Pierson v Post, the landmark case of New York in 1805, is still relevant today as it set a major precedent for property law. For two centuries legal experts have analyzed and debated the implications of this ruling, seeking to better understand the underlying principles upon which it was based.
The ruling established a framework for determining who has rights to wild animals and is seen as a cornerstone in the development of our understanding of property law. In this post we’ll dive deep into Pierson v Post to gain an appreciation for why it’s such an important case.
Pierson v. Post (New York, 1805)
Pierson v. Post (New York, 1805) is a landmark case in American legal history and a key case involving the recognizable concept known as ‘first possession’. This case set the standard within New York jurisprudence in regards to issues concerning ownership over wild animals. It serves as a great example of how the court system is able to clarify or redefine unsettled common law as facts are presented before it, and allows readers to appreciate the importance of the common law process in making sure that justice is served on a basis of reasonable reasoning.
To give a clear picture of how the case affirmed the concept of first possession and what implications it had going forward the paper will will provide a with the facts question and how the court arrived at its ruling, followed by the legal issues this posed for litigation, the applicable Rule of Law, and how that law was applied. It will conclude with how this case was intertwined with similar issues and decisions within the common law process as a whole, and how its precedent has informed decisions until our current day.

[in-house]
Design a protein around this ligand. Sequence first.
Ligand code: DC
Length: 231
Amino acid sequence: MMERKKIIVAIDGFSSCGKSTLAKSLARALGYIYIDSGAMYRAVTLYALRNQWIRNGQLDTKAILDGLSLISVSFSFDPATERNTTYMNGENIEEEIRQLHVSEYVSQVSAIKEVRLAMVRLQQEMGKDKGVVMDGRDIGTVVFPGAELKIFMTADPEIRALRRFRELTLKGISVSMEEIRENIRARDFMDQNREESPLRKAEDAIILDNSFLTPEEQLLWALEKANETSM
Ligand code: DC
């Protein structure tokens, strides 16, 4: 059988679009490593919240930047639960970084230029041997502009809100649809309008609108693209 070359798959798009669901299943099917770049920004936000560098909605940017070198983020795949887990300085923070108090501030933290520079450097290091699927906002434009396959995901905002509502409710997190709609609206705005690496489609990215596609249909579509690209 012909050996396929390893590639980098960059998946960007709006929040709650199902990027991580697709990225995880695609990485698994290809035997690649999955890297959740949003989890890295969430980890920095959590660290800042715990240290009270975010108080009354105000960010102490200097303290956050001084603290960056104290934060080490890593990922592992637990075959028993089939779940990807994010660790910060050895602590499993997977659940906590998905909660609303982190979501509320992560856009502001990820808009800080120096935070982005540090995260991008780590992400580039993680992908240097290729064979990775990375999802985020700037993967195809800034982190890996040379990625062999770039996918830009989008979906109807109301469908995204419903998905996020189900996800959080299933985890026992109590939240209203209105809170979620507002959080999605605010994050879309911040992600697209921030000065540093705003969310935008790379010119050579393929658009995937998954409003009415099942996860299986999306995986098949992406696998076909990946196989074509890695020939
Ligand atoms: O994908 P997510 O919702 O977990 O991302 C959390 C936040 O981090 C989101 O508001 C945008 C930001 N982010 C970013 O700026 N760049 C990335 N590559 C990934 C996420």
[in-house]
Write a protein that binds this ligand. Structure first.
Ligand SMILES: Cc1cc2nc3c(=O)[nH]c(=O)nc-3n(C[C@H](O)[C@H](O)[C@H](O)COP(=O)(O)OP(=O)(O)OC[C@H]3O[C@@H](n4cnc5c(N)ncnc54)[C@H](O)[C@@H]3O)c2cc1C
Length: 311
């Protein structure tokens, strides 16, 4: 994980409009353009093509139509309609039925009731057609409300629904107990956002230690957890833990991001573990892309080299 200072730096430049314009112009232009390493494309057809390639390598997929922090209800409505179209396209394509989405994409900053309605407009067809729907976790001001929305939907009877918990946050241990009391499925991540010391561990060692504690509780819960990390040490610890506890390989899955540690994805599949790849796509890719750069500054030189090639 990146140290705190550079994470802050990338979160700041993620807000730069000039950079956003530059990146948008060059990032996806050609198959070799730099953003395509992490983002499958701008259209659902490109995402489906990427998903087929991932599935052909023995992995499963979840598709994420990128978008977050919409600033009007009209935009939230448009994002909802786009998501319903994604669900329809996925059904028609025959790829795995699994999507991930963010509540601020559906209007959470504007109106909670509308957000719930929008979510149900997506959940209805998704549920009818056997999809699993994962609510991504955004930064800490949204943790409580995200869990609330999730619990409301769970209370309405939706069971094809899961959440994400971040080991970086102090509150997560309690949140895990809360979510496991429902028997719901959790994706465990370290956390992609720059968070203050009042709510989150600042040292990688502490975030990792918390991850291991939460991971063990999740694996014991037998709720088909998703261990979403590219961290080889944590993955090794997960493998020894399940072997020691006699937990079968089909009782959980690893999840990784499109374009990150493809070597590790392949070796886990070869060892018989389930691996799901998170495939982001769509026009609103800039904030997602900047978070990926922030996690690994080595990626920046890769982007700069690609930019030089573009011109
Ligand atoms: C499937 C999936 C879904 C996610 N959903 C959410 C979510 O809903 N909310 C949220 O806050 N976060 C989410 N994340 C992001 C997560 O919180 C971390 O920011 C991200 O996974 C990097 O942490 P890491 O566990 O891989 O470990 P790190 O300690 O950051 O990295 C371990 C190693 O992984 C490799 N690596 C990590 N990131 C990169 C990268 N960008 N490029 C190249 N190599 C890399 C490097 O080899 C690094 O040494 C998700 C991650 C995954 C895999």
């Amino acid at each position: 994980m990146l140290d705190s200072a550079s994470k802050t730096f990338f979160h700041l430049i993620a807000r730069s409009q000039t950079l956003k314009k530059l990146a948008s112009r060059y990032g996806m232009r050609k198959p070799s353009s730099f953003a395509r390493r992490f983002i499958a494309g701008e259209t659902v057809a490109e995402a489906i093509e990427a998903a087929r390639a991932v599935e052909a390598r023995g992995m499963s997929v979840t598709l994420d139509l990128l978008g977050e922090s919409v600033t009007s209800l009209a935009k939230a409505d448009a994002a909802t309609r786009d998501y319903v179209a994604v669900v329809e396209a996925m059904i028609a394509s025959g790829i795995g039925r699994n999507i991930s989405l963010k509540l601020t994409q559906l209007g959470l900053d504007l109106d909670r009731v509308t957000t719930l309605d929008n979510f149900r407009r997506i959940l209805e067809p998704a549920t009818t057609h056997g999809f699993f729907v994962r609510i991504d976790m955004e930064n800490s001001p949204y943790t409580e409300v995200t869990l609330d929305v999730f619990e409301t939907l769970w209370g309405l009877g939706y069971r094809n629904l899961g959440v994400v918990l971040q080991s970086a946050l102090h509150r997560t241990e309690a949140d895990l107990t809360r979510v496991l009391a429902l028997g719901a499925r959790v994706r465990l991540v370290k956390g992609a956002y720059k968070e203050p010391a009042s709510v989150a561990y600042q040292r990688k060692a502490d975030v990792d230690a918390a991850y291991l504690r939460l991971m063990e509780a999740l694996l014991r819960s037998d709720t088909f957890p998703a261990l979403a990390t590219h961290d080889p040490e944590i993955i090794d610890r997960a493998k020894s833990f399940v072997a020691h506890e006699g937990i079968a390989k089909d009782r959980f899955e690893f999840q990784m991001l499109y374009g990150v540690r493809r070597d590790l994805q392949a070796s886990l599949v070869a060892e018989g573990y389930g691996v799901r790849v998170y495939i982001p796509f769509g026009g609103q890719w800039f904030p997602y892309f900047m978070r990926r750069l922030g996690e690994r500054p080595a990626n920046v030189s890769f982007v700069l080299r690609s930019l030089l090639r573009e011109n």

The facts of this case can be outlined as such: During the 18th century in Albany county New York, plaintiff Abraham Pierson, upon discovering a wild fox den had the fox chased and brought down by hounds directly into his hands. As luck would have it, just at the time of Pierson’s capture a few moments later, defendant Elisha Post appeared and claimed to also own the fox as his.
The court tried to evaluate the facts as objectively as possible in order to weigh the original legal decision. Post claimed he had a hound with him chasing the fox, but no one else had seen it. The state decided the issue between the men should be arbitrated in court, despite Post’s disagreement.
The primary legal issue presented to the court in Pierson v. Post (1805) dealt with the legal concept of possessory rights over wild animals. This concept has its origin with the common law already established in Medieval England, and was applicable in some of the earliest settlement attempt in the New World from Europe.